If you’re a “glass is half full”-type shareholder, you’re pleased to see the company announce profits, which is not a given for the tech giant. Shopify president Harley Finkelstein highlighted the Shopify Fulfilment Network and Deliverr as strategic verticals in the company to watch in 2023. You might also be happy at the 45% year-to-date returns, the 21% year-on-year revenue growth in 2022, and the positive momentum building on Q3 results.
It appears there are a lot more “half-empty” tech investors these days. They’re quick to fixate upon Finkelstein’s less enthusiastic statements about Shopify’s future, such as…
“Additionally, while our financial outlook assumes that the COVID-triggered acceleration of e-commerce continues to return to a more normalized rate of growth in 2023, there is elevated inflation and continued caution around consumer spending due to a variety of macroeconomic factors.”
So far, it has been a solid quarter for Canadian tech companies, as they seek to bounce back from a really tough 2022. With Open Text and Lightspeed posting solid results, it’s up to Constellation Software to keep moving the trend when it announces earnings in a couple of weeks.
If you’re looking for a Canadian tech ETF with exposure to these names, the iShares S&P/TSX Capped Information Technology Index ETF (XIT) takes a diversified approach to the sector. While Shopify does make up about 27% of the ETF’s holdings, it would make up substantially more if the capped ETF were just a pure market-weighted index ETF. Shopify’s $90 billion market cap nearly doubles second-place Constellation, and it is roughly seven times larger than Open Text’s $13 billion. For more, you can read this article on Canadian tech stocks at Million Dollar Journey.
Don’t travellers know we’re supposed to be in a recession?
Everyone’s talking about how bad the economy is and how we must already be in a recession. Yet, someone forgot to tell Uber and Airbnb. Looking at their income statements, there’s no sign we’re in hard times.
Travel and transport earnings highlights
All reported in U.S. currency.
- Uber (UBER/NYSE): Earnings per share of $0.29 (versus -$0.18 predicted) and revenues of $8.6 billion (versus $8.49 billion predicted).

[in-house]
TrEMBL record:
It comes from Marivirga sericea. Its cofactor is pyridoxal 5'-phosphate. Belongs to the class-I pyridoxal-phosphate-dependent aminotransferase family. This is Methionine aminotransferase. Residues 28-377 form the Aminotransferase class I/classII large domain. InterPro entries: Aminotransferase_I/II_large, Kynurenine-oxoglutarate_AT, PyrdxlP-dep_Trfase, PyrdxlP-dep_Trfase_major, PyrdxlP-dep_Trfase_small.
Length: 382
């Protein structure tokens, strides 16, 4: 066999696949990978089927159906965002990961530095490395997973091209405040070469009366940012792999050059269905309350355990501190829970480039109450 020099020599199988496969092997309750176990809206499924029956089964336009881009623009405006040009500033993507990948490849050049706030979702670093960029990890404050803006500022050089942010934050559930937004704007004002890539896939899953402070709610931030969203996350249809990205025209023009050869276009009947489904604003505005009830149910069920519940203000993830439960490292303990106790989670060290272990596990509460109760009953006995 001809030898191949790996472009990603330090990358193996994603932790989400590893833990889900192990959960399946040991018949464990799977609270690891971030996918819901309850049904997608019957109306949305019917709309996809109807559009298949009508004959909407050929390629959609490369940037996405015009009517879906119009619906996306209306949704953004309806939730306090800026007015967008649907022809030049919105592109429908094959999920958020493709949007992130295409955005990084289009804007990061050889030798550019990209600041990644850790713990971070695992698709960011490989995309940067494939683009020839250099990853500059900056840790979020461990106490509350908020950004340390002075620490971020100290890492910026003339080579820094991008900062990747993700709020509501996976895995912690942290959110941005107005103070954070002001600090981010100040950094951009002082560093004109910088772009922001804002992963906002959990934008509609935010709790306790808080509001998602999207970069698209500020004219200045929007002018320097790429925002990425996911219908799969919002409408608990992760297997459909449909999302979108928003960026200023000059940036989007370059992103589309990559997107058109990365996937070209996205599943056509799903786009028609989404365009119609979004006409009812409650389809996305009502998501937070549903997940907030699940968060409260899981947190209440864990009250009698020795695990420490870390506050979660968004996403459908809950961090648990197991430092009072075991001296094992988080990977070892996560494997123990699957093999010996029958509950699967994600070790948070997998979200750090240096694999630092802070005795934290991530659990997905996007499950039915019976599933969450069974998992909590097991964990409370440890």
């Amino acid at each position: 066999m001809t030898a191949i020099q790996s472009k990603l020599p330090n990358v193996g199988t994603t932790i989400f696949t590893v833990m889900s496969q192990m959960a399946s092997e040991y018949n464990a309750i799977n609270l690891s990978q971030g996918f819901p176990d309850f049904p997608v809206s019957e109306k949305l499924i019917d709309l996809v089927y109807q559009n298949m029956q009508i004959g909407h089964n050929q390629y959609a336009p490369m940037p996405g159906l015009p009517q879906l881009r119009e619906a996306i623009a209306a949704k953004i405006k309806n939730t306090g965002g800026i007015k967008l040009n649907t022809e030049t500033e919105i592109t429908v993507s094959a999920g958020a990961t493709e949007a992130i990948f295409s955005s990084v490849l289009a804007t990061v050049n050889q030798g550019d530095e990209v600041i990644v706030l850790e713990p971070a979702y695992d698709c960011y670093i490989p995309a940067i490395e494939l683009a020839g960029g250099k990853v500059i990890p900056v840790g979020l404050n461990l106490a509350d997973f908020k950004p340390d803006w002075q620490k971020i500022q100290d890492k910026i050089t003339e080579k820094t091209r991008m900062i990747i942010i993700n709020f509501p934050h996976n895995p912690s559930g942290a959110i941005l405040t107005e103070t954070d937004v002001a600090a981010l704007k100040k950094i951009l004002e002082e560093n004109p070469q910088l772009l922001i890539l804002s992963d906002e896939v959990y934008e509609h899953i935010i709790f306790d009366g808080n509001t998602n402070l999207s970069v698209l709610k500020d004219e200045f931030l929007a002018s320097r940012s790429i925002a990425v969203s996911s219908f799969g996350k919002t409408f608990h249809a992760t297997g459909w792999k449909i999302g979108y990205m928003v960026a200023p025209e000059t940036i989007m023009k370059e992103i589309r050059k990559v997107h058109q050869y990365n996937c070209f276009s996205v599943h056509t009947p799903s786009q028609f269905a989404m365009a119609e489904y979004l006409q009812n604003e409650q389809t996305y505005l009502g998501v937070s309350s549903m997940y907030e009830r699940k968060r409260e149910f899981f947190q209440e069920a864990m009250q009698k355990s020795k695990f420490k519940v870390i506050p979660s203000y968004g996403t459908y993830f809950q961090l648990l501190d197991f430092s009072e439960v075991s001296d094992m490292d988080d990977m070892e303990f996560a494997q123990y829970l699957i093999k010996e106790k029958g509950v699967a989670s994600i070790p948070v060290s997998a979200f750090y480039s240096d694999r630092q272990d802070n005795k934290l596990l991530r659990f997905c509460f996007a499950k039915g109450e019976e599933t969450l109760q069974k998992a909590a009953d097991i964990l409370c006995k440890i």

- Lyft (LYFT/NASDAQ): Earnings per share of $0.29 (versus $0.13 predicted) and revenues of $1.18 billion (versus $1.16 billion predicted).
- Airbnb (ABNB/NASDAQ): Earnings per share of $0.48 (versus $0.25 predicted) and revenues of $1.90 billion (versus $1.86 billion predicted).
Admittedly, things weren’t so rosy for Lyft. Even as the rideshare company posted a slight increase on earnings, the stock was down 30% in after-hours trading, due to weak revenue guidance (meaning they’re not predicting a sudden increase in paying customers anytime soon). Lyft appears to have plateaued, as rider numbers are still significantly below pre-pandemic levels.
Uber, however, reported a great fourth quarter, and the stock price was up 9% in after-hours trading. The company also announced that, unlike many other tech companies, it would “continue hiring at a judicious pace in 2023.” Proving that it can do more with less: Uber’s headcount is down 5%, while revenues are up 75% relative to 2019.
Anecdotally, as someone who’s travelled using Airbnb’s services several times over the past year, I wasn’t surprised to hear how well it’s doing. Property owners have definitely noticed demand for their dwellings. And I’ve not experienced any “recessionary price pressure” at the places I’ve looked at and stayed. Airbnb confirmed my hunch when the company released that daily prices on their listings were down only 1% from the summer quarter, and were clinging to the $153-per-night price point. Listings were up 16% in 2022.
Will the world’s economies grow in 2023?
Recently, the Visual Capitalist took a look at growth forecasts around the world this year. Notably, the world is projected to see 2.9% gross domestic product (GDP) growth in 2023, while Canada is expected to come in around 1.5%.